And I’m assuming I know my audience here, so I probably don’t even need to expound upon the “it” I’m incessantly doing. But just to be assured that you’re in good company, here’s the “it:” get the kids fed, noses wiped, teeth brushed, coats on (is it summer yet?) diapers changed, lunches packed, diaper bag packed, eat breakfast, make sure I have work stuff in the car, drive to work, teach high school kids literature “stuff” all day, drive home from work, get dinner going, kids fed, sneak in some dinner myself, baths done, diapers changed, goodnight routines done.

Sound familiar? And after that’s done, then I can enjoy binge watching something on Netflix or Amazon, which is something I feel guilty about, but whatevs. That’s another post for another time. Because at the end of the day, I am EMPTY. I feel like I have NOTHING to give. And, you know, that’s OKAY. But I digress. Again, that’s yet another post for another time.

Back on subject here, I admit that I sometimes even rush the nighttime routines so that I can get to adult chill time sooner. But when I think about whether or not I was truly awake and alive for most of my day, especially the miniscule time I’m actually with my kids, I don’t think I was. I was asleep; I just kept hitting snooze. All day, I was the drill sergeant and the robot who just did everything, not stopping for a minute to say, “I’m awake!” Pause here: I’m not saying that it’s not ok to have days that are like this. Sometimes these days are necessary and just happen. But I am saying that I should make an intentional effort to make sure I’m truly awake for the moments in my day that I can enjoy the people with whom God graced me to spend my life.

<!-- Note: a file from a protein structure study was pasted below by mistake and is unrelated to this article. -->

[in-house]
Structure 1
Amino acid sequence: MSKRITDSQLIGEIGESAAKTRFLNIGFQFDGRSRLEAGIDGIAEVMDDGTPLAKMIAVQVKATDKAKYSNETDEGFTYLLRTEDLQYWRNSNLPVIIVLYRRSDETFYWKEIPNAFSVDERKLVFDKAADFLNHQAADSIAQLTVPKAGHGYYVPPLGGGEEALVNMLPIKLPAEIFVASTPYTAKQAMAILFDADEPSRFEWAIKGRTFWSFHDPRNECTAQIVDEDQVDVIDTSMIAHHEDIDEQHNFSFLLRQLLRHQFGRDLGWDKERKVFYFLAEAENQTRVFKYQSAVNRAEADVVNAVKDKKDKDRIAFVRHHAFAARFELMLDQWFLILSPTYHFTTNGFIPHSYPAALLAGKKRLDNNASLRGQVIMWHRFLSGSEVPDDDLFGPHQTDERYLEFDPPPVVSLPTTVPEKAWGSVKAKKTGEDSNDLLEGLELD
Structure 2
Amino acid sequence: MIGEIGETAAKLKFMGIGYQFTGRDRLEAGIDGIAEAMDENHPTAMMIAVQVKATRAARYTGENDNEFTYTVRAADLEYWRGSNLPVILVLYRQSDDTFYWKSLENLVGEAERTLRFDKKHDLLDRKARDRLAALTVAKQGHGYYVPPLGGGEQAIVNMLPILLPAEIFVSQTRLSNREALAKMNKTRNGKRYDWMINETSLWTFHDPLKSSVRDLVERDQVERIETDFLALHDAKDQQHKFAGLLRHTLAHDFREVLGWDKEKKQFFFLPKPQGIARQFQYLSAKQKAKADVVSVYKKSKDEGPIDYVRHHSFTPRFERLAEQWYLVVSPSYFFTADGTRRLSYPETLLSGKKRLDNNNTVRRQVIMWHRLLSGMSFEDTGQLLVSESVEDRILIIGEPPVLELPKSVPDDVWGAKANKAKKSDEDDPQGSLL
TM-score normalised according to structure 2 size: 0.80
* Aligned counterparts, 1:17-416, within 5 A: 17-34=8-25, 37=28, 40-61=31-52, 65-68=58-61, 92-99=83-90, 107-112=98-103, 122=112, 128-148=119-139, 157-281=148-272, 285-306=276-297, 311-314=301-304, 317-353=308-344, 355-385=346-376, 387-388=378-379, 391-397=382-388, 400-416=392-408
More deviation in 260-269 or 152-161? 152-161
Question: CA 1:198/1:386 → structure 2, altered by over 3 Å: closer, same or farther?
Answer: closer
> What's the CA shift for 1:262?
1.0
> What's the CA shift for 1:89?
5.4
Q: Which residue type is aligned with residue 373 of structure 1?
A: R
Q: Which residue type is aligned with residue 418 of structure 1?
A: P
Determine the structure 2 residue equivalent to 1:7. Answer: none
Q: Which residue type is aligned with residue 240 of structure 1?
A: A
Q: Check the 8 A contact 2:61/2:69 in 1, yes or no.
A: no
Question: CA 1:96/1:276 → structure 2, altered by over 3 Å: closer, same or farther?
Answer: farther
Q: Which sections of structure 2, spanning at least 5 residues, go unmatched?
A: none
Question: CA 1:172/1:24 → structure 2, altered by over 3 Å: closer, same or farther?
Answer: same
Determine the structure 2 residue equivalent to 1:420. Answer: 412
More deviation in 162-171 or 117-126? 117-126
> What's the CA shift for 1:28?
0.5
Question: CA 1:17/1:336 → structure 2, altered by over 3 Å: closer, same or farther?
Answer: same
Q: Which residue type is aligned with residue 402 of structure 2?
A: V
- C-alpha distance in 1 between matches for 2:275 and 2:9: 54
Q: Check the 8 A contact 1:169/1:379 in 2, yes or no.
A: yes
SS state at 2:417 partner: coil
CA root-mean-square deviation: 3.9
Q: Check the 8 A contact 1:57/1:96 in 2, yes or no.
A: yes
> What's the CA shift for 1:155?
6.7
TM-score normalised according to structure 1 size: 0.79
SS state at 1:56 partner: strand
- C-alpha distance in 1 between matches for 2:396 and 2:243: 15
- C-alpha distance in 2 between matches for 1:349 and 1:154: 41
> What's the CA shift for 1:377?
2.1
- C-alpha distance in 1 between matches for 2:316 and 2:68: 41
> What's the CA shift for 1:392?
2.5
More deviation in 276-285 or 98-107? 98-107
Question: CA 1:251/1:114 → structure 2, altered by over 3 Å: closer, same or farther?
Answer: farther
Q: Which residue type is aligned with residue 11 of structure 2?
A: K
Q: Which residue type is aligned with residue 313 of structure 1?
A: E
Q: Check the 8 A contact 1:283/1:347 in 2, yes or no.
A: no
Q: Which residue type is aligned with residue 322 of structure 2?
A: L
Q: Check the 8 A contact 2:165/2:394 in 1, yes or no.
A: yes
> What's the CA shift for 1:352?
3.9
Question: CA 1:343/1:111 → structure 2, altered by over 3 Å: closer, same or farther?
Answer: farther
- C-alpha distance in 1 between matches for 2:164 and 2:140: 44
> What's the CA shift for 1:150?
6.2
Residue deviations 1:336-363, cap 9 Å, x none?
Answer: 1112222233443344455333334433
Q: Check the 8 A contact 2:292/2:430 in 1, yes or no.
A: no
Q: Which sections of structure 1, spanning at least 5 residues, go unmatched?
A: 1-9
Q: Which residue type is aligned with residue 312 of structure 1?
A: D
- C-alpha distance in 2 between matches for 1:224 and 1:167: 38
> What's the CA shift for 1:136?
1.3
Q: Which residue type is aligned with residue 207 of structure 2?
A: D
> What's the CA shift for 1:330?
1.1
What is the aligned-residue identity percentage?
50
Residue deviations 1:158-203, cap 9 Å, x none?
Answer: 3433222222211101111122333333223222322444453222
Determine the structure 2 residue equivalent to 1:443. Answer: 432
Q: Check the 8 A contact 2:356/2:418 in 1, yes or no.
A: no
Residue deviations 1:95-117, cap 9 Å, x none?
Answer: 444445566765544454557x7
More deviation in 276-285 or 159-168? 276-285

These are the moments when my husband and I can laugh at something together, or when we can have a meaningful conversation, or when my son demonstrates his newest animal sound he can make, or when my daughter is taking her first steps (which has started recently! Prepare the mommy crazy meter). I don’t want to be so swamped in to-do lists and the demands of life that I miss these precious moments. And although I may not always miss these moments because of the crazy have-to’s of life, I don’t often stop to delight in them, to joy in them, and to realize how important, how fleeting, these are. I do often laugh at a joke with my husband, have a meaningful conversation, enjoy listening to Gowan “hee haw” like a donkey, and see Cora take those cautiously cute first steps. I am present for these, I see them, I’m there, but do I wonder in them? Am I truly awake? Am I truly alive, for that matter?